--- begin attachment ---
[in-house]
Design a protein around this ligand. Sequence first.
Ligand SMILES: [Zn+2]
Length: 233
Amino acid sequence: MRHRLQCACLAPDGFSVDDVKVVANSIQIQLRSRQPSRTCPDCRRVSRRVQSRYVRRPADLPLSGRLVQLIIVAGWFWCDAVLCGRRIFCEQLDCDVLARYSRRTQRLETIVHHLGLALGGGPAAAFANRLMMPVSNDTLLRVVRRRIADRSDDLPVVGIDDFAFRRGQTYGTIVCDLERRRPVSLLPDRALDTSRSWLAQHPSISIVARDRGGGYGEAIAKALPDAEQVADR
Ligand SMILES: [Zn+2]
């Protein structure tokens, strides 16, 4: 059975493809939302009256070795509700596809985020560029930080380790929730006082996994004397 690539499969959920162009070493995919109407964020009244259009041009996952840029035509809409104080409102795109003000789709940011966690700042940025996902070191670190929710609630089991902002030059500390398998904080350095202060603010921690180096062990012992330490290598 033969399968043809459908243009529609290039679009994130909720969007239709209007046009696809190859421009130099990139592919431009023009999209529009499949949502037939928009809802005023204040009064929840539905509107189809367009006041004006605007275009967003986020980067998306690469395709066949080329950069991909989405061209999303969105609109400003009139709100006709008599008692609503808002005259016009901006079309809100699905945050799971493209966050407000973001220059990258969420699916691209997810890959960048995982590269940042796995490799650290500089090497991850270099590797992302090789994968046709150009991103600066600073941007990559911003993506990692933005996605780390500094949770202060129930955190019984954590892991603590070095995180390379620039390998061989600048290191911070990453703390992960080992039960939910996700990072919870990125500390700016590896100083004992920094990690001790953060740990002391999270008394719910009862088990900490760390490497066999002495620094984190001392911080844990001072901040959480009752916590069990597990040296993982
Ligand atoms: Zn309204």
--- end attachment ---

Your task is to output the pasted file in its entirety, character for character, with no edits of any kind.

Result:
[in-house]
Design a protein around this ligand. Sequence first.
Ligand SMILES: [Zn+2]
Length: 233
Amino acid sequence: MRHRLQCACLAPDGFSVDDVKVVANSIQIQLRSRQPSRTCPDCRRVSRRVQSRYVRRPADLPLSGRLVQLIIVAGWFWCDAVLCGRRIFCEQLDCDVLARYSRRTQRLETIVHHLGLALGGGPAAAFANRLMMPVSNDTLLRVVRRRIADRSDDLPVVGIDDFAFRRGQTYGTIVCDLERRRPVSLLPDRALDTSRSWLAQHPSISIVARDRGGGYGEAIAKALPDAEQVADR
Ligand SMILES: [Zn+2]
């Protein structure tokens, strides 16, 4: 059975493809939302009256070795509700596809985020560029930080380790929730006082996994004397 690539499969959920162009070493995919109407964020009244259009041009996952840029035509809409104080409102795109003000789709940011966690700042940025996902070191670190929710609630089991902002030059500390398998904080350095202060603010921690180096062990012992330490290598 033969399968043809459908243009529609290039679009994130909720969007239709209007046009696809190859421009130099990139592919431009023009999209529009499949949502037939928009809802005023204040009064929840539905509107189809367009006041004006605007275009967003986020980067998306690469395709066949080329950069991909989405061209999303969105609109400003009139709100006709008599008692609503808002005259016009901006079309809100699905945050799971493209966050407000973001220059990258969420699916691209997810890959960048995982590269940042796995490799650290500089090497991850270099590797992302090789994968046709150009991103600066600073941007990559911003993506990692933005996605780390500094949770202060129930955190019984954590892991603590070095995180390379620039390998061989600048290191911070990453703390992960080992039960939910996700990072919870990125500390700016590896100083004992920094990690001790953060740990002391999270008394719910009862088990900490760390490497066999002495620094984190001392911080844990001072901040959480009752916590069990597990040296993982
Ligand atoms: Zn309204």